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This One Exercise Can Alleviate Your Whiplash Pain Symptoms! Here's How...

Whiplash is some of our most popular content on both our Youtube channel and blog. It seems like it's something that so many people suffer from and the doctors don't do much for it when you go to the emergency room. A lot of the time your neck looks normal on an x-ray so your doctor will send you home with some muscle relaxers and call it a day. But that's just masking your symptoms.

I'll be explaining what's really going on in your neck and why your neck pain comes back as soon as your prescription runs out.

When you experience whiplash, your head is thrown in all kinds of directions and it overstretches the muscles and connective tissues. Your neck then becomes so overstretched that your muscles aren't able to hold your head and neck in a stable position anymore. The only way it can continue keeping your head on your neck and held up straight is by being in a state of spasm or contraction to try to tighten back up and hold everything securely.

So when you take those muscle relaxers, it feels better at the moment because your neck isn't spasming and you have a better range of motion. But you're actually being counterproductive to your body that is trying desperately to regain stability.

That brings me to the pretty simple solution for long-term relief. You need to retrain your stabilizing muscles and strengthen them. The major stabilizing muscle of your neck that creates a kind of internal neck collar is called the longus colli. This muscle goes into a state of shock when there is whiplash.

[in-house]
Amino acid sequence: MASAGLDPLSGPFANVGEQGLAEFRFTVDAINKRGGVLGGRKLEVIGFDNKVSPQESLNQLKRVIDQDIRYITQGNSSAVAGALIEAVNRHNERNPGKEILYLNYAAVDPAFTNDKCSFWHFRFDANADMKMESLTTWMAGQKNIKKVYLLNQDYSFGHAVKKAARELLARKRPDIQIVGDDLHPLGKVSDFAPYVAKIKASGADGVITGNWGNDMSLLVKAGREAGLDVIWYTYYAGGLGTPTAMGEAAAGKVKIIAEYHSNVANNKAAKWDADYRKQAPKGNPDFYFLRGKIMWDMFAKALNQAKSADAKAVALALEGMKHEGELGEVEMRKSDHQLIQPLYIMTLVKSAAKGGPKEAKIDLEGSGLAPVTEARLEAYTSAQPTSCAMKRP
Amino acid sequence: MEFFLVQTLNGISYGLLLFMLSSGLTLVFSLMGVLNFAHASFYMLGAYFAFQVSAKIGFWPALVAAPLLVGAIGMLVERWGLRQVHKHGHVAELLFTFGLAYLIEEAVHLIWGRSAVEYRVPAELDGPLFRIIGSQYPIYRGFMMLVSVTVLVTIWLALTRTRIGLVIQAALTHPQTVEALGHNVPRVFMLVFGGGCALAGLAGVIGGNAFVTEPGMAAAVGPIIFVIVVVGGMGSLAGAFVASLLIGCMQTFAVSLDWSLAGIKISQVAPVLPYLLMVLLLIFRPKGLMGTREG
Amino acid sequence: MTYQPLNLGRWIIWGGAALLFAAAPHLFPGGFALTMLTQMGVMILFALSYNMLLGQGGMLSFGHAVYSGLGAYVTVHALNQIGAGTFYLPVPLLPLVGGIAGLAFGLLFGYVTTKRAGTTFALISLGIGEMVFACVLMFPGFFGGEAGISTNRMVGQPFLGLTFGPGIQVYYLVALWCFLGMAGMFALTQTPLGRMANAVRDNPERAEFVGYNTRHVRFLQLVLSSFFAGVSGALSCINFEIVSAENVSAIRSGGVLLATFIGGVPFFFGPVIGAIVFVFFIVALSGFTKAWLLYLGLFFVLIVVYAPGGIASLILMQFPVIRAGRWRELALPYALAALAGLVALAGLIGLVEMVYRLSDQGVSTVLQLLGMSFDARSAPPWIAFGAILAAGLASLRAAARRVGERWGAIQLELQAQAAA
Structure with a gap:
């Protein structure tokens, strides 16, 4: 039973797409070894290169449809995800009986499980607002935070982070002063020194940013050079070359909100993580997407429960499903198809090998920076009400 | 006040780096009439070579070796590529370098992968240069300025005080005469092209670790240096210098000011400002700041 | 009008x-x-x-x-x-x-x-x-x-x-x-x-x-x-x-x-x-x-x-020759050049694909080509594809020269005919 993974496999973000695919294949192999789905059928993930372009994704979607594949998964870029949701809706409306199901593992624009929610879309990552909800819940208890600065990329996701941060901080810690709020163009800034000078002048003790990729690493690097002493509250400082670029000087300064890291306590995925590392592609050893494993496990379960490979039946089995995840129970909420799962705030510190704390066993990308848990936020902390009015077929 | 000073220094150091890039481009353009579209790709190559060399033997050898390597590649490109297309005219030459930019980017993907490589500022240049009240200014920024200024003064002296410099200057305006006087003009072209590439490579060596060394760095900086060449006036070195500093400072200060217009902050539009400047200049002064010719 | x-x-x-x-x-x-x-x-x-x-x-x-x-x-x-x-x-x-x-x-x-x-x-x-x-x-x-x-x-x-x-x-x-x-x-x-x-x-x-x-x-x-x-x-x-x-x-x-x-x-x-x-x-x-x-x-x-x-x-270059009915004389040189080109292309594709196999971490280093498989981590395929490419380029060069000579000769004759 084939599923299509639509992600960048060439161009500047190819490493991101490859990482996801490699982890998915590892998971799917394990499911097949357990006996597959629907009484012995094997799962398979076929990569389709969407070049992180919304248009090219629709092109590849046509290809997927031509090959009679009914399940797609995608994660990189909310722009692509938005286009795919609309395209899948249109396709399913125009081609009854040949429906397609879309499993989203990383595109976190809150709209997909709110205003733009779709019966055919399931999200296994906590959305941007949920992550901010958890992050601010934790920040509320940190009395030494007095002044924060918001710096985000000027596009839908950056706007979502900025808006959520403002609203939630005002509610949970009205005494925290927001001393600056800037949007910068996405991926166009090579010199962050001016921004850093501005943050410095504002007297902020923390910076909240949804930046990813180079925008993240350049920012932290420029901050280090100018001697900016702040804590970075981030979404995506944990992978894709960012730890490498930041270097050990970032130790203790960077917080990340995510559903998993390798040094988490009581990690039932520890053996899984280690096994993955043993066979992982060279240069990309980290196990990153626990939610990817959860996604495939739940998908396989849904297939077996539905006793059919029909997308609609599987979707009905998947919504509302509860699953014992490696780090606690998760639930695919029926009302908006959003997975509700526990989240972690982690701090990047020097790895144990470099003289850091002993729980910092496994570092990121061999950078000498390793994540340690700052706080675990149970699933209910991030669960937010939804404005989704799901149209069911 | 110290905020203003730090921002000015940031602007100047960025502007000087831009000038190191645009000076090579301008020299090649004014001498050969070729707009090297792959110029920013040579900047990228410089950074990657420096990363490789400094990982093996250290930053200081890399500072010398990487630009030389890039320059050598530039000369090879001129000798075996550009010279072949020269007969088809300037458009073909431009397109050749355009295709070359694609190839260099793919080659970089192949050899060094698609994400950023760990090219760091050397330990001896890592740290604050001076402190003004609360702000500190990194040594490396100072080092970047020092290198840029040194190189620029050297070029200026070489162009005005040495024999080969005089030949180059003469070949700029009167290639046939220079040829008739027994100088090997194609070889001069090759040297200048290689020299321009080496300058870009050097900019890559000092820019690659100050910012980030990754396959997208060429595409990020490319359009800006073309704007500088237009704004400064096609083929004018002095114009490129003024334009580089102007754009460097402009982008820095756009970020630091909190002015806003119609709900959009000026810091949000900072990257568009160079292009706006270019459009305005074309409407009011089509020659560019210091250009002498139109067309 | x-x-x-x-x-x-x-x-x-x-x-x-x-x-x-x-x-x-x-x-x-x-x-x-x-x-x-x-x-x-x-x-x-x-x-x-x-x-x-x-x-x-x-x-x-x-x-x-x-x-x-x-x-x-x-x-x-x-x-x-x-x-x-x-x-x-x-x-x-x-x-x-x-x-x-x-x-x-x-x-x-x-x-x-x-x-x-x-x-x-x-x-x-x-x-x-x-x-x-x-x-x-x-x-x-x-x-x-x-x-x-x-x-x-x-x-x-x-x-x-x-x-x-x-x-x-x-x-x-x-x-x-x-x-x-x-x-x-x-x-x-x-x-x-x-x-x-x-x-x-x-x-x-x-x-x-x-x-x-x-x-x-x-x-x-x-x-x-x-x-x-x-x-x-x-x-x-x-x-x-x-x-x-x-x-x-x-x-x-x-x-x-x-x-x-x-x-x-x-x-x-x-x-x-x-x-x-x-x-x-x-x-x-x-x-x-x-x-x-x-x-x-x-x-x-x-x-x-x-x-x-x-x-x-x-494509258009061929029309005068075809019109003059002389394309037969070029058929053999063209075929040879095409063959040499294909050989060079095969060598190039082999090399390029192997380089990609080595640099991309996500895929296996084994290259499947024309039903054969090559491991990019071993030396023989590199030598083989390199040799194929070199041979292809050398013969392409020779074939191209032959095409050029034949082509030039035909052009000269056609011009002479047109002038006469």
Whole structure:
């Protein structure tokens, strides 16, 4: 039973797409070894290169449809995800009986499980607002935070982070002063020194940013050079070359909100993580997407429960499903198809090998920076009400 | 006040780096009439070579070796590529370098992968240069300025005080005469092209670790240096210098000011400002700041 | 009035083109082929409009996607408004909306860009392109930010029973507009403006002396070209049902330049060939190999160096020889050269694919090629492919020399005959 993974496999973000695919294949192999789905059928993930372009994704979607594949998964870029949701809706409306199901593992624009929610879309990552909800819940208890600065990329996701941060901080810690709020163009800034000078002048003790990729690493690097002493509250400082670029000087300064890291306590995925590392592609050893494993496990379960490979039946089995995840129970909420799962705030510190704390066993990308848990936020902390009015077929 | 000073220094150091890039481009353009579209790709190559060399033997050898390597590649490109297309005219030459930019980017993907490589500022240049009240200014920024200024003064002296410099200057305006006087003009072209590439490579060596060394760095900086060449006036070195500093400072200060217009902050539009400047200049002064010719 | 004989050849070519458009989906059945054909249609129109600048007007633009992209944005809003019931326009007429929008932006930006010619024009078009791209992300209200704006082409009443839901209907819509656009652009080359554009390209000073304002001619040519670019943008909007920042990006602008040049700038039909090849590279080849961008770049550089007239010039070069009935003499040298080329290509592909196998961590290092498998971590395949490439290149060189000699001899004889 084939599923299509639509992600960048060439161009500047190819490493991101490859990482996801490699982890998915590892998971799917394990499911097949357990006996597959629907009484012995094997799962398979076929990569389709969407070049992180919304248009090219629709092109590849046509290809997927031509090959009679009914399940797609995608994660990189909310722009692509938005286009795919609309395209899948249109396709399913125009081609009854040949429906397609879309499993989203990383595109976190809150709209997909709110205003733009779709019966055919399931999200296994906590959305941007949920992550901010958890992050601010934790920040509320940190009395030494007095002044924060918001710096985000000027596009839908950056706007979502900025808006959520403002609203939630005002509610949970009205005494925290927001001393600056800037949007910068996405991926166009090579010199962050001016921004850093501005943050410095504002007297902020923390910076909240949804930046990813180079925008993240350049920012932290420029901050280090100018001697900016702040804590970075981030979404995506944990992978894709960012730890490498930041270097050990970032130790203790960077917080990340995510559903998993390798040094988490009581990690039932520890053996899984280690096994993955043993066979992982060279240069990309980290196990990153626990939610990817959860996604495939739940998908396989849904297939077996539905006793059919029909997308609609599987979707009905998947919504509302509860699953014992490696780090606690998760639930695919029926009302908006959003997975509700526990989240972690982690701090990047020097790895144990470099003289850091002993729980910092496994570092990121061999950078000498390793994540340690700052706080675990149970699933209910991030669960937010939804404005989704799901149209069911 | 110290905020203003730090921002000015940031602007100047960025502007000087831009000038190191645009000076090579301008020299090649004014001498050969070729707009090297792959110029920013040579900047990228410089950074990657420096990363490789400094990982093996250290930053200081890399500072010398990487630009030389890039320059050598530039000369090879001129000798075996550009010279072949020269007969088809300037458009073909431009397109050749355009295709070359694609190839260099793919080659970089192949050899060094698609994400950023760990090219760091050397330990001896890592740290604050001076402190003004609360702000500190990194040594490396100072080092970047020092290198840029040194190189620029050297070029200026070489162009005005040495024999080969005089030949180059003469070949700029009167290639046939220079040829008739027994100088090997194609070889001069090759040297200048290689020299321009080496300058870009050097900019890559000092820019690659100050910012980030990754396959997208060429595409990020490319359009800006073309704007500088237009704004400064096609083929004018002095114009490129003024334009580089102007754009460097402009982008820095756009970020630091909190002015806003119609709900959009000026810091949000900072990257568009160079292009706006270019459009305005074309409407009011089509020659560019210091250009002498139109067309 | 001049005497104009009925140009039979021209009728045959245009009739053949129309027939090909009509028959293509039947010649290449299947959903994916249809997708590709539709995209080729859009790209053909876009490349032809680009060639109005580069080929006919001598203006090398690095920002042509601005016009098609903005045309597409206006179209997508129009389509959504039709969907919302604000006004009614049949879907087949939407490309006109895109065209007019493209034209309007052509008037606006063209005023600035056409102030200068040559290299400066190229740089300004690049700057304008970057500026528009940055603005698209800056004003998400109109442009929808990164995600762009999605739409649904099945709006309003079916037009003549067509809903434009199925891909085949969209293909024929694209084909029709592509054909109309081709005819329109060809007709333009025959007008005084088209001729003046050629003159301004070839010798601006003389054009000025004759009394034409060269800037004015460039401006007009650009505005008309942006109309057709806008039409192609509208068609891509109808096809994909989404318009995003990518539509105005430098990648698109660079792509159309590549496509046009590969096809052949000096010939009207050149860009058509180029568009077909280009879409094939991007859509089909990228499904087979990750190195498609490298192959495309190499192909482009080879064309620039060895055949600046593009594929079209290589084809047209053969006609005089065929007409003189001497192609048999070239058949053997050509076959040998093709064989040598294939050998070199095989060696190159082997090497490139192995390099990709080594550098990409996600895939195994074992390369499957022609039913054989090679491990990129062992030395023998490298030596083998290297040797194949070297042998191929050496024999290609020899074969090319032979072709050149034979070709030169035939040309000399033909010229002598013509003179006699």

One of my favorite exercises for the neck is pretty simple and only requires a yoga belt or even a regular belt would work just fine. You'll want to divide your neck/head into thirds. The top third is right about at your ears, the middle third in the center of your neck (about in line with your chin) and the lower third at the base of the neck about where your collar would sit.

You'll take your yoga strap at the top third behind your head and pull at a slight upward angle of about 5º. You'll pull here with slight pressure to the back of the head until you feel your muscles start to work. This is a sign it's working. If your muscles start shaking, that's also a good sign. Hold that position until the shaking stops.

You'll repeat this action for the other two-thirds of your neck. But in the middle third you'll want to keep the strap parallel to the floor (unlike the top section where the pull was at an upward angle). Then the lower third you'll pull on the strap at a slight downward angle of about 5º.

This exercise helps those stabilizing muscles kick in in the right way so that your neck no longer needs to be in a state of shock. After doing this exercise consistently, you should notice a slow reduction in your symptoms.

I hope this exercise helps get you out of some of your acute pain following whiplash. Let us know how it works for you as we always love your feedback.

Remember, we heal smarter, not harder.

Dr. Justin C. Lin


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